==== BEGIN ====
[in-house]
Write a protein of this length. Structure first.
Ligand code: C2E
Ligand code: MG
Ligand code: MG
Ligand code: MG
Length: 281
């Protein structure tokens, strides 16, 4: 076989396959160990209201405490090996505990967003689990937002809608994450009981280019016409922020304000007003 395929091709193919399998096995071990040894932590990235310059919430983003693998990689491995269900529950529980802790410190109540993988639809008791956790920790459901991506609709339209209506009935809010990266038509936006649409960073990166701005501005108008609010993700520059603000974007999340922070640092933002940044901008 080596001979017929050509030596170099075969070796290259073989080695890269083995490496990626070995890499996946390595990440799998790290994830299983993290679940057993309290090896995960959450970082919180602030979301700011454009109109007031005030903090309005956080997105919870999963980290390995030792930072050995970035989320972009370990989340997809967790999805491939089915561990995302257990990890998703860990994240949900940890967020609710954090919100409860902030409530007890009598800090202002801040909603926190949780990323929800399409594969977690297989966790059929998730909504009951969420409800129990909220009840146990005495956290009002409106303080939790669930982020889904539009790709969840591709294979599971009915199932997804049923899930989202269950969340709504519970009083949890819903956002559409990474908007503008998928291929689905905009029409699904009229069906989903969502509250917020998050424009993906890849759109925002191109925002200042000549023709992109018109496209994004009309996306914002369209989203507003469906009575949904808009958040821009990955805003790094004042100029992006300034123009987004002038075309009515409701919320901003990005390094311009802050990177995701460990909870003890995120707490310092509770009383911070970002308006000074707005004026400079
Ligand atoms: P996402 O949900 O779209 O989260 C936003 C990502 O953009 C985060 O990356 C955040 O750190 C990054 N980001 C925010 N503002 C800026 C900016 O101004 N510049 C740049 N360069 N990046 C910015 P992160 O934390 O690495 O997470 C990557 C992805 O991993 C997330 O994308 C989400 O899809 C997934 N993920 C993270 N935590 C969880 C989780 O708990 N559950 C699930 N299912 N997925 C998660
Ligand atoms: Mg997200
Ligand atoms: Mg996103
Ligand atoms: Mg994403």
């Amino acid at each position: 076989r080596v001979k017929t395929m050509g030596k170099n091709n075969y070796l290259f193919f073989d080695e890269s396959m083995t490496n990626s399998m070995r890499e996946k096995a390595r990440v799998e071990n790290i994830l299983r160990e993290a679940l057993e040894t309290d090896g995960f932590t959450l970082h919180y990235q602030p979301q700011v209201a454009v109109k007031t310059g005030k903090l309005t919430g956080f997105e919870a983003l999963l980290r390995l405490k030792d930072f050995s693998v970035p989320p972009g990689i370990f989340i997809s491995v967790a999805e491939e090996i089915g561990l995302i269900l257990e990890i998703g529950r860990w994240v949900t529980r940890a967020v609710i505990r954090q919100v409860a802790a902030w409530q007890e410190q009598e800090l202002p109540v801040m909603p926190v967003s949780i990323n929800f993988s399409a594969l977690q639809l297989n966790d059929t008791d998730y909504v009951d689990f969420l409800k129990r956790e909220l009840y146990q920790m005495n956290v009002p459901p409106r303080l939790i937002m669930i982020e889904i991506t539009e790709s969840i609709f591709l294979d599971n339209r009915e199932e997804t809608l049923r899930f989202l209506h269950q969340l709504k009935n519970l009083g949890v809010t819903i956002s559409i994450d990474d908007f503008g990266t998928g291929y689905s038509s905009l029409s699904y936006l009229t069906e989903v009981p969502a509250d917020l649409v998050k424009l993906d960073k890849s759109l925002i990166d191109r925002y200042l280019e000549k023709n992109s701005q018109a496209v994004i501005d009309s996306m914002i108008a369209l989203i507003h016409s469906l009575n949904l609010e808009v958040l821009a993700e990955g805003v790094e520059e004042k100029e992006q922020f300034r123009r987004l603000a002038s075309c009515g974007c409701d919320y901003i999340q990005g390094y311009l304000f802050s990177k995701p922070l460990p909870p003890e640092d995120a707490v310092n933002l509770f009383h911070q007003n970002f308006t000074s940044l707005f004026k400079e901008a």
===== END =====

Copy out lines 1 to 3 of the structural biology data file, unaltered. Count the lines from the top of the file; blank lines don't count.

[in-house]
Write a protein of this length. Structure first.
Ligand code: C2E